Russian ties and cheap tech: G7 leaders unequivocal in criticism of China

<span>The Ukrainian president, Volodymyr Zelenskiy, and the US president, Joe Biden, at the G7 summit. The pair had different views on China’s relationship with Russia.</span><span>Photograph: Ukrainian presidential press office/UPI/Rex/Shutterstock</span>
The Ukrainian president, Volodymyr Zelenskiy, and the US president, Joe Biden, at the G7 summit. The pair had different views on China’s relationship with Russia.Photograph: Ukrainian presidential press office/UPI/Rex/Shutterstock

China’s role in providing assistance to Russia in its war against Ukraine, and its “harmful overcapacity” in the production of cheap goods, have been targeted by G7 leaders despite misgivings from Germany.

On the second day of the annual summit, being held in Puglia under the Italian chair, the US drove home a 36-page communique that condemned Chinese subsidies for products such as solar panels and electric cars which it said were leading to “global spillovers, market distortions and harmful overcapacity … undermining our workers, industries, and economic resilience and security”.

US officials were unequivocal in identifying China as a major supplier of dual-use materials – those with civilian and military applications – to Russia that they said Beijing knew were being used against Ukraine. The US officials identified “optics, nitrocellulose, microelectronics, and the sorts of items that go directly to the production of armaments that are used not just in Ukraine but that pose a long-term threat to the security of Europe”.

The US president, Joe Biden, standing alongside his Ukrainian counterpart, Volodymyr Zelenskiy, was blunt about what he said was China’s role in arming Russia. Zelenskiy, by contrast, insisted the Chinese leadership had promised him they were not supplying arms to Moscow.

The US, Japan and the EU – which attends G7 summits as an unofficial eighth partner – have all voiced concern over generous subsidies from Beijing, especially in green energy and technology sectors, resulting in unfairly cheap goods flooding the global market. That excess capacity threatens western companies struggling to compete, particularly in the growing green tech sector.

“We will confront China’s non-market policies that are leading to harmful global spillovers,” John Kirby, the US national security council spokesperson, told journalists before the summit.

A senior Chinese official, the first vice-premier, Ding Xuexiang, will travel to Brussels next week to urge the EU to rethink plans to impose duties of 38% on Chinese electric vehicles on top of the 10% it already charges on all car imports. Germany had been hoping the duty could be reduced before it came into force early in July.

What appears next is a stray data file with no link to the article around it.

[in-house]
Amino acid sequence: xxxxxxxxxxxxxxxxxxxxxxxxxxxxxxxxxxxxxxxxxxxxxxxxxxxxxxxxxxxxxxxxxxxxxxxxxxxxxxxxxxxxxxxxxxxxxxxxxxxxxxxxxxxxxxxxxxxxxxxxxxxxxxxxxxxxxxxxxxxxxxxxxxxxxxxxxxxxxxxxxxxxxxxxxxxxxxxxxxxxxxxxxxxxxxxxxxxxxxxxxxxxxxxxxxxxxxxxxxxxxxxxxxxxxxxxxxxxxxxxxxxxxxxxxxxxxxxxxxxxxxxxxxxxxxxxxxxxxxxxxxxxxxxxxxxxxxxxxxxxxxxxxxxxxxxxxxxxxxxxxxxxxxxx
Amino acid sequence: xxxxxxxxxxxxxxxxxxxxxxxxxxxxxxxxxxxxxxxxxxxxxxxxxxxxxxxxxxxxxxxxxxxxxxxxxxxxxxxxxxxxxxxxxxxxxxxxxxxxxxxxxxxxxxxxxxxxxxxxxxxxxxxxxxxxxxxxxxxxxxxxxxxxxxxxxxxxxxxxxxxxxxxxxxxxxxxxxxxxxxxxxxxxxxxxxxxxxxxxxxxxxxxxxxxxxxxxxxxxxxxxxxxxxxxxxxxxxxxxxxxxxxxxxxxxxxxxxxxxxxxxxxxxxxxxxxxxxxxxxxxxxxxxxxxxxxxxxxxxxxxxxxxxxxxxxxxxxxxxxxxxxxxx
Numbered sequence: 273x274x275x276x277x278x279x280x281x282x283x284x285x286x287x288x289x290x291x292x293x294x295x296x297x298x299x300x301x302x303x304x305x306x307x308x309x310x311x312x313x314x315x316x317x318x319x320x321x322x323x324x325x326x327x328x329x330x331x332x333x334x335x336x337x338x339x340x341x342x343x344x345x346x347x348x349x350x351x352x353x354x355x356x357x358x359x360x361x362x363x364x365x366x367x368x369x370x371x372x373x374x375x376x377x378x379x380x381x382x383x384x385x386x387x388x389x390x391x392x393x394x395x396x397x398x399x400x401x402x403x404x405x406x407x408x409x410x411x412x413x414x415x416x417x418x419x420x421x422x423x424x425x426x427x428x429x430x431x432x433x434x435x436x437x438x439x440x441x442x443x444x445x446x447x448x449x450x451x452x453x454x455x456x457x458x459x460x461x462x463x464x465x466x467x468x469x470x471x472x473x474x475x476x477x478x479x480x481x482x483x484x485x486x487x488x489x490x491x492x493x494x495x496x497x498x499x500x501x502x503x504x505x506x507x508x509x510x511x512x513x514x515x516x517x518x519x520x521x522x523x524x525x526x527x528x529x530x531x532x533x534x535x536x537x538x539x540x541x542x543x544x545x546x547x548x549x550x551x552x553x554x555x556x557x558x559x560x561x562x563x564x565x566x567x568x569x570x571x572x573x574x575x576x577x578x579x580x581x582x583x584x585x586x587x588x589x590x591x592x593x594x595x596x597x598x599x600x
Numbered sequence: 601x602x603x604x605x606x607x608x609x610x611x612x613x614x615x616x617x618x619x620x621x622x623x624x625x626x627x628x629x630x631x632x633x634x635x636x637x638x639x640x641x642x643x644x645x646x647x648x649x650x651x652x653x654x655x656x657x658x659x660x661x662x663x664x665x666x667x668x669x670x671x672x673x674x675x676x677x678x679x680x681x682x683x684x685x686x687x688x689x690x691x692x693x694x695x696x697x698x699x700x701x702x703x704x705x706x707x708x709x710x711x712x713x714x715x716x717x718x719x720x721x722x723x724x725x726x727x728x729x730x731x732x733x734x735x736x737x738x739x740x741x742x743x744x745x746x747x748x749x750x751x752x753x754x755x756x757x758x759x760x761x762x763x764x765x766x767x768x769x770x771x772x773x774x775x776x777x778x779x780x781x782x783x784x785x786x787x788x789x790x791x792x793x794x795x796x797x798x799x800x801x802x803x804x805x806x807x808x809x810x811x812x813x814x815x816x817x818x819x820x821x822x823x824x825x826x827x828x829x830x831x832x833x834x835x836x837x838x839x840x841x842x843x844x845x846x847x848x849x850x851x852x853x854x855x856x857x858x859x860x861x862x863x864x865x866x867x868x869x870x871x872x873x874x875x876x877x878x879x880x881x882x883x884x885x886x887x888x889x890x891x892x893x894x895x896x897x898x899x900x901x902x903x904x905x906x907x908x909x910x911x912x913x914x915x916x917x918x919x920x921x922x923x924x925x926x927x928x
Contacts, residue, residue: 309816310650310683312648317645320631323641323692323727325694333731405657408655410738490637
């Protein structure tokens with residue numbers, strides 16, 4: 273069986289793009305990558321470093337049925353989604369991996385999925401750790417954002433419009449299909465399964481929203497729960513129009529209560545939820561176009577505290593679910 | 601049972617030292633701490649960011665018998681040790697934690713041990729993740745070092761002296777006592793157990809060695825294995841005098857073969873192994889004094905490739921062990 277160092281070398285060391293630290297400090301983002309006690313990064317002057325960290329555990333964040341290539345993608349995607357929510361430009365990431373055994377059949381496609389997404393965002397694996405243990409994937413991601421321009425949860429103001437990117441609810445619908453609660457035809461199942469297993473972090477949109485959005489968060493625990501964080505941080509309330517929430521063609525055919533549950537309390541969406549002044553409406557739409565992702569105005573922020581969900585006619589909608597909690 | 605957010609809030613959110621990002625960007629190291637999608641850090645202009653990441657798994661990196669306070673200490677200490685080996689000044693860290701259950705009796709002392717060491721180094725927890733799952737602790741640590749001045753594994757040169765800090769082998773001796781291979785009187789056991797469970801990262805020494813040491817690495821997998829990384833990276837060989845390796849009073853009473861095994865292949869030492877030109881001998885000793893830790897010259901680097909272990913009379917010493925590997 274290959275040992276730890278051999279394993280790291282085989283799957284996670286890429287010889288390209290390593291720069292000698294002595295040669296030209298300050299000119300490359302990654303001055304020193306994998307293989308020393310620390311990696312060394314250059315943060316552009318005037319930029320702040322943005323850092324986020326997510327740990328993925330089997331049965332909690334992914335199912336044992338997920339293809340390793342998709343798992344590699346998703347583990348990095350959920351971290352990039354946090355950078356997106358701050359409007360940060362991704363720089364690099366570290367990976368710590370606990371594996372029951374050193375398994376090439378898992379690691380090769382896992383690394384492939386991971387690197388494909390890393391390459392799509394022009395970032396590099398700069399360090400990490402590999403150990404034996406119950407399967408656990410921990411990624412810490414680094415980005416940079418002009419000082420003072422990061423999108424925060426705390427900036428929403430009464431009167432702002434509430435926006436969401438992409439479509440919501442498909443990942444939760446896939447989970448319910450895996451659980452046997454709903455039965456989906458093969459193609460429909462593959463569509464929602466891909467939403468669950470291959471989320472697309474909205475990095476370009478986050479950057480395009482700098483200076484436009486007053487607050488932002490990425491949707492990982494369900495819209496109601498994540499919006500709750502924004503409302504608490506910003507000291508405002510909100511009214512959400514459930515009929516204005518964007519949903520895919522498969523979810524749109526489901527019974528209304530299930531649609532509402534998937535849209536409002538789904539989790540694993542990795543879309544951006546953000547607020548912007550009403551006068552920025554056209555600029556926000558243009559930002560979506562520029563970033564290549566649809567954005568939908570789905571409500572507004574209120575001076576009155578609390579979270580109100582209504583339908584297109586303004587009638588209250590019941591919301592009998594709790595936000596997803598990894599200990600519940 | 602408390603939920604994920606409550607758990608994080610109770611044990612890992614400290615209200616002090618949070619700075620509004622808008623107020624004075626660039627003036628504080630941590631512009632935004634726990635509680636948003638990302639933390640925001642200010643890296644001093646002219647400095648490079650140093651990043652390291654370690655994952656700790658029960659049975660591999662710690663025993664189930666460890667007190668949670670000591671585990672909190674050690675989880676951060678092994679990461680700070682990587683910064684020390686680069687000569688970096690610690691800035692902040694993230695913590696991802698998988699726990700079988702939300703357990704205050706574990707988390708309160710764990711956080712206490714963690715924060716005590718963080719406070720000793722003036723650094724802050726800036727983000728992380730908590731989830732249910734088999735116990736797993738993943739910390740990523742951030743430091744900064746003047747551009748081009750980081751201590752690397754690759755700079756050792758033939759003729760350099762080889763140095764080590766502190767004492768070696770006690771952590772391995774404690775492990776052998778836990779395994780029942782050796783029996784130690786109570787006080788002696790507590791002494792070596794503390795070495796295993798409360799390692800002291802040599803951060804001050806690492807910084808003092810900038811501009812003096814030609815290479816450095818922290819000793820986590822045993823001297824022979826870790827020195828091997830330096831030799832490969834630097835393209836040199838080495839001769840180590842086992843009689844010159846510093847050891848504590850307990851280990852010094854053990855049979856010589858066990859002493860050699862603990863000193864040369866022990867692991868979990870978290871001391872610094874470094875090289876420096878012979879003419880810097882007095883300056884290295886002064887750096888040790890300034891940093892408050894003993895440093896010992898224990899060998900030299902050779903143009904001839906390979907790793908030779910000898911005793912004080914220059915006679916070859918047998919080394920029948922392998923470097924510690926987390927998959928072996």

The G7 self-consciously expanded its meeting on Friday to welcome the global south, with arrivals by the Indian prime minister, Narendra Modi, the Turkish president, Recep Tayyip Erdoğan, the United Arab Emirates president Mohamed bin Zayed, the Brazilian president, Luiz Inácio Lula da Silva, and the president of Mauritania, Mohamed Ould Ghazouani. More than 20 world leaders were around the table to hear a speech by Pope Francis on artificial intelligence.

Related: Why the pope has the ears of G7 leaders on the ethics of AI

The Italian prime minister and G7 host, Giorgia Meloni, insisted she would never accept the narrative of west against the rest, arguing the only way to meet collective challenges was through co-operation.

Russia, facing wider secondary sanctions, loss of control of its state assets and a new US-Ukraine 10-year security pact, has become the big loser of the summit. A plan announced at the start of the summit for a $50bn (£39.4bn) loan for Ukraine, raised from the profits on the interest accrued from Russian state assets, is intended as only the start of a squeeze on the Russian economy.

The final communique says Russia must end its illegal war of aggression and pay for the damage it has caused to Ukraine, which it says, according to the World Bank, exceeds $486bn. “Russia’s obligations under international law to pay for the damage it is causing are clear, and therefore we continue to consider all possible legal avenues through which Russia is forced to comply with those obligations,” the text says.

Russia has dismissed the US-Ukraine security deal as just “pieces of paper” and derided the appropriation of the profits from its frozen assets as theft.

Although Zelenskiy has been holding back over China, he did urge Modi at a bilateral meeting on the sidelines of the summit to review India’s dependence on Russian oil, especially since the price of these purchases are rising, giving Russia ever higher revenues.

The US and EU imposed a price cap of $60 (£47) per barrel on Russian oil sales, meaning western shippers and insurers can only participate in Russian trade if the oil is sold below the price limit. The communique calls for tighter enforcement of the cap, including action against the Russian “shadow fleet” that is transporting oil above the cap.

India has never been part of this export ban, but the US, worried about an escalation of oil prices in an election year, has been reluctant to put too much pressure on Modi. India became the biggest buyer of Russian seaborne crude ahead of China and Turkey after European refiners stopped imports.